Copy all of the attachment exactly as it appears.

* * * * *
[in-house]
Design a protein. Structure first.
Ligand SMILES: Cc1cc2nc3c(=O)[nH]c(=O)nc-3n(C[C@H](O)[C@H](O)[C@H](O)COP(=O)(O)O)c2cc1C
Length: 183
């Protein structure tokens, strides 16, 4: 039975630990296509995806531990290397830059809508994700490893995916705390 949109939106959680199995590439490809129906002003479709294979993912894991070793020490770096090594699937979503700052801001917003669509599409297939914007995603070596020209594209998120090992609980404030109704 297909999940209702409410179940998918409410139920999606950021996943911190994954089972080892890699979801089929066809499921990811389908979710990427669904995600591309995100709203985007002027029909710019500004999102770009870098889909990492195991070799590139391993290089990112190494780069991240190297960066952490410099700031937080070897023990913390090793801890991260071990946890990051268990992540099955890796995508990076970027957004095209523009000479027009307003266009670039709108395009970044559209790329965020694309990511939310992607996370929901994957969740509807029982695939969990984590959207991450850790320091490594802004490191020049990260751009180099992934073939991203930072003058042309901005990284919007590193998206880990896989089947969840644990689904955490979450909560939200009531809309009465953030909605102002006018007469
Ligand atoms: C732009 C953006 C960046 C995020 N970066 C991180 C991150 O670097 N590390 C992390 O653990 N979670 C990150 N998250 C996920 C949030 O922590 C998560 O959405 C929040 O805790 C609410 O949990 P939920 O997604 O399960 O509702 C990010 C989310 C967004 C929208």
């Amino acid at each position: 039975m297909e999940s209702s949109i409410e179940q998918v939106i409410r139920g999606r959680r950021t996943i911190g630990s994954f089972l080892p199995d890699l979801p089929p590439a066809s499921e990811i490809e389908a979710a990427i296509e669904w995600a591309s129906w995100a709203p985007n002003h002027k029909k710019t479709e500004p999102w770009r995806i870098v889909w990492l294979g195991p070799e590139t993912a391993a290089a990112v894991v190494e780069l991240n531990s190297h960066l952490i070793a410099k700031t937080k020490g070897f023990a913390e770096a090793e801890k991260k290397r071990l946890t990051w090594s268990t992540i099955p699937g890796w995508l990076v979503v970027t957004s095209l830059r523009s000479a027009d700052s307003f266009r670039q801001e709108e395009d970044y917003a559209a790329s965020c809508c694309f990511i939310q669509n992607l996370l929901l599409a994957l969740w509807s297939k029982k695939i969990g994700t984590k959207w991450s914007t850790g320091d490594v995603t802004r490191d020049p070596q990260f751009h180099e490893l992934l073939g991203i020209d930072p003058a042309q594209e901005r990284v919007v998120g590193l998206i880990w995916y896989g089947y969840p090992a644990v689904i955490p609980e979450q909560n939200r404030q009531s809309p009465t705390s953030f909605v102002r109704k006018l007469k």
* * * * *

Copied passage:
[in-house]
Design a protein. Structure first.
Ligand SMILES: Cc1cc2nc3c(=O)[nH]c(=O)nc-3n(C[C@H](O)[C@H](O)[C@H](O)COP(=O)(O)O)c2cc1C
Length: 183
């Protein structure tokens, strides 16, 4: 039975630990296509995806531990290397830059809508994700490893995916705390 949109939106959680199995590439490809129906002003479709294979993912894991070793020490770096090594699937979503700052801001917003669509599409297939914007995603070596020209594209998120090992609980404030109704 297909999940209702409410179940998918409410139920999606950021996943911190994954089972080892890699979801089929066809499921990811389908979710990427669904995600591309995100709203985007002027029909710019500004999102770009870098889909990492195991070799590139391993290089990112190494780069991240190297960066952490410099700031937080070897023990913390090793801890991260071990946890990051268990992540099955890796995508990076970027957004095209523009000479027009307003266009670039709108395009970044559209790329965020694309990511939310992607996370929901994957969740509807029982695939969990984590959207991450850790320091490594802004490191020049990260751009180099992934073939991203930072003058042309901005990284919007590193998206880990896989089947969840644990689904955490979450909560939200009531809309009465953030909605102002006018007469
Ligand atoms: C732009 C953006 C960046 C995020 N970066 C991180 C991150 O670097 N590390 C992390 O653990 N979670 C990150 N998250 C996920 C949030 O922590 C998560 O959405 C929040 O805790 C609410 O949990 P939920 O997604 O399960 O509702 C990010 C989310 C967004 C929208």
């Amino acid at each position: 039975m297909e999940s209702s949109i409410e179940q998918v939106i409410r139920g999606r959680r950021t996943i911190g630990s994954f089972l080892p199995d890699l979801p089929p590439a066809s499921e990811i490809e389908a979710a990427i296509e669904w995600a591309s129906w995100a709203p985007n002003h002027k029909k710019t479709e500004p999102w770009r995806i870098v889909w990492l294979g195991p070799e590139t993912a391993a290089a990112v894991v190494e780069l991240n531990s190297h960066l952490i070793a410099k700031t937080k020490g070897f023990a913390e770096a090793e801890k991260k290397r071990l946890t990051w090594s268990t992540i099955p699937g890796w995508l990076v979503v970027t957004s095209l830059r523009s000479a027009d700052s307003f266009r670039q801001e709108e395009d970044y917003a559209a790329s965020c809508c694309f990511i939310q669509n992607l996370l929901l599409a994957l969740w509807s297939k029982k695939i969990g994700t984590k959207w991450s914007t850790g320091d490594v995603t802004r490191d020049p070596q990260f751009h180099e490893l992934l073939g991203i020209d930072p003058a042309q594209e901005r990284v919007v998120g590193l998206i880990w995916y896989g089947y969840p090992a644990v689904i955490p609980e979450q909560n939200r404030q009531s809309p009465t705390s953030f909605v102002r109704k006018l007469k």